That’s what some hackers at the Hack.Lu conference in Luxembourg demonstrated last week with the FitBit. Using a man-in-the-middle attack, they intercept communication between the FitBit and FitBit servers. When the transaction is complete, the hacking software can insert it’s payload in the response, infecting the FitBit. When the FitBit is connected to its owner’s computer it can upload the infected software to the computer to infect it or other FitBits connecting to that computer.
The exploit was reported to FitBit in March, but they haven’t fixed it yet. Now that it’s out in public, you may want to wait to upload your workout results until you’re out of Bluetooth range of the fitness center… or just leave the device at home.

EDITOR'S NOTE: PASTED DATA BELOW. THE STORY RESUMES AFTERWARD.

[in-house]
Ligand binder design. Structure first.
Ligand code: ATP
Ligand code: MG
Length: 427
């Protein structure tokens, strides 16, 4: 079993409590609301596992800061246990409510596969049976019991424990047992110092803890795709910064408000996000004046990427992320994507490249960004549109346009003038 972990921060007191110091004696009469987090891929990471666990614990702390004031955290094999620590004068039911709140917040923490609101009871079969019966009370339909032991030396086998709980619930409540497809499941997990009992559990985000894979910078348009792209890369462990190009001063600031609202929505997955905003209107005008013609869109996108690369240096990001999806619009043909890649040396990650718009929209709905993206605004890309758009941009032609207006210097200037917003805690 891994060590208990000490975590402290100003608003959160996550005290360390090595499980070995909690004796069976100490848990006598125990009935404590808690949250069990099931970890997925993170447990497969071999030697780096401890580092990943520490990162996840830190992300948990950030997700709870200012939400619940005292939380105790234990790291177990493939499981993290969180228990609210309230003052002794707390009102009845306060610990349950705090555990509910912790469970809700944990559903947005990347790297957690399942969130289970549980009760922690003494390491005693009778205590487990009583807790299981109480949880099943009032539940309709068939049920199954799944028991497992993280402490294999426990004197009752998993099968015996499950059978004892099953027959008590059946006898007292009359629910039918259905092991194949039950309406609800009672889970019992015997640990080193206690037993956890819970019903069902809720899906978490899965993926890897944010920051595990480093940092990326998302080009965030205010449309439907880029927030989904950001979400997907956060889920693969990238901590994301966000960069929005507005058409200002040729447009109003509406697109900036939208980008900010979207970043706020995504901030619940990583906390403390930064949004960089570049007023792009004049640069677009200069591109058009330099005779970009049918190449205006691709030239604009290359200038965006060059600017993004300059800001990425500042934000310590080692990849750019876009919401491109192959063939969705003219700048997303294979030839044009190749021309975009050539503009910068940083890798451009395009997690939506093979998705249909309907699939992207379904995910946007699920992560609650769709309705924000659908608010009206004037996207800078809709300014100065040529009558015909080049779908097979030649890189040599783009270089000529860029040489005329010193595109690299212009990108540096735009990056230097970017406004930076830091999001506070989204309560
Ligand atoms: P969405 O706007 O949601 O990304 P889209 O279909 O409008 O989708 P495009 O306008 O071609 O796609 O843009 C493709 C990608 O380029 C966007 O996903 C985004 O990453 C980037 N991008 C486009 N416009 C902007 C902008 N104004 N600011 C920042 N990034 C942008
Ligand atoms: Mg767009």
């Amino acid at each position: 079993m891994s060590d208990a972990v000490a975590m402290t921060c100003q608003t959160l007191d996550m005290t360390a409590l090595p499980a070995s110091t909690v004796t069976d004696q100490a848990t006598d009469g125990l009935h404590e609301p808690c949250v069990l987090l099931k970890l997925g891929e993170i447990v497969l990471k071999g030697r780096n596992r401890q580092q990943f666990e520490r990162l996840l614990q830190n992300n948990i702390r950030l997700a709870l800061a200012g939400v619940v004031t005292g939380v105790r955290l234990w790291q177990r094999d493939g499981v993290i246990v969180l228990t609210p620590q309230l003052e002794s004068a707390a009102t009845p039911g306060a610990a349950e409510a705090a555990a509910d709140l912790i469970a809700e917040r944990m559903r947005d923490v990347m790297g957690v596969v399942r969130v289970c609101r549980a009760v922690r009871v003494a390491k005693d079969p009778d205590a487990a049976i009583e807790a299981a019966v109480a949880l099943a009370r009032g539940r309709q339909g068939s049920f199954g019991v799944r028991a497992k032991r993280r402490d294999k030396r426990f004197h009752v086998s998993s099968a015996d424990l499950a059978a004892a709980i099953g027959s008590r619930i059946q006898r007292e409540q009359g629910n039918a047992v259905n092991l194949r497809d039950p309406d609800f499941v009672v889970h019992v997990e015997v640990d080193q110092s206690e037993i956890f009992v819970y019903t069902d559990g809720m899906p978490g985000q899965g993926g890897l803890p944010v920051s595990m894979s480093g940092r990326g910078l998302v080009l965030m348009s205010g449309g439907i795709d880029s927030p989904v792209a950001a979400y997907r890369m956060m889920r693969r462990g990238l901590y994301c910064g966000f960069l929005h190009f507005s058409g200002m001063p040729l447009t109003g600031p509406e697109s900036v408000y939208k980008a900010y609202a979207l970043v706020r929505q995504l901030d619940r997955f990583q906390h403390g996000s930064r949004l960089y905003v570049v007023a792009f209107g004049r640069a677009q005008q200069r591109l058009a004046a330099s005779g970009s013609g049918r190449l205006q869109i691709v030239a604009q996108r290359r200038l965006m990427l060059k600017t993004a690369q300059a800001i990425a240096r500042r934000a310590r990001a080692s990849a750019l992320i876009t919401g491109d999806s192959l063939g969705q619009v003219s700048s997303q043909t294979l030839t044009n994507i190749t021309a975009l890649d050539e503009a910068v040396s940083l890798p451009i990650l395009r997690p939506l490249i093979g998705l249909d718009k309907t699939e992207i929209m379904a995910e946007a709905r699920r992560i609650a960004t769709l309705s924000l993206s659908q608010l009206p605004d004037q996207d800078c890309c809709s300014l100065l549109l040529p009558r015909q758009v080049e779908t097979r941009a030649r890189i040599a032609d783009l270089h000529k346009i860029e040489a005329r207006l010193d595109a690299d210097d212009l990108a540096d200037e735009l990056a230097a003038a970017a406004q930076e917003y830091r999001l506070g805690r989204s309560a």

When we create Internet of Things devices, we really need to engineer in security and management into the device from the start – and just expect them to be hacker targets.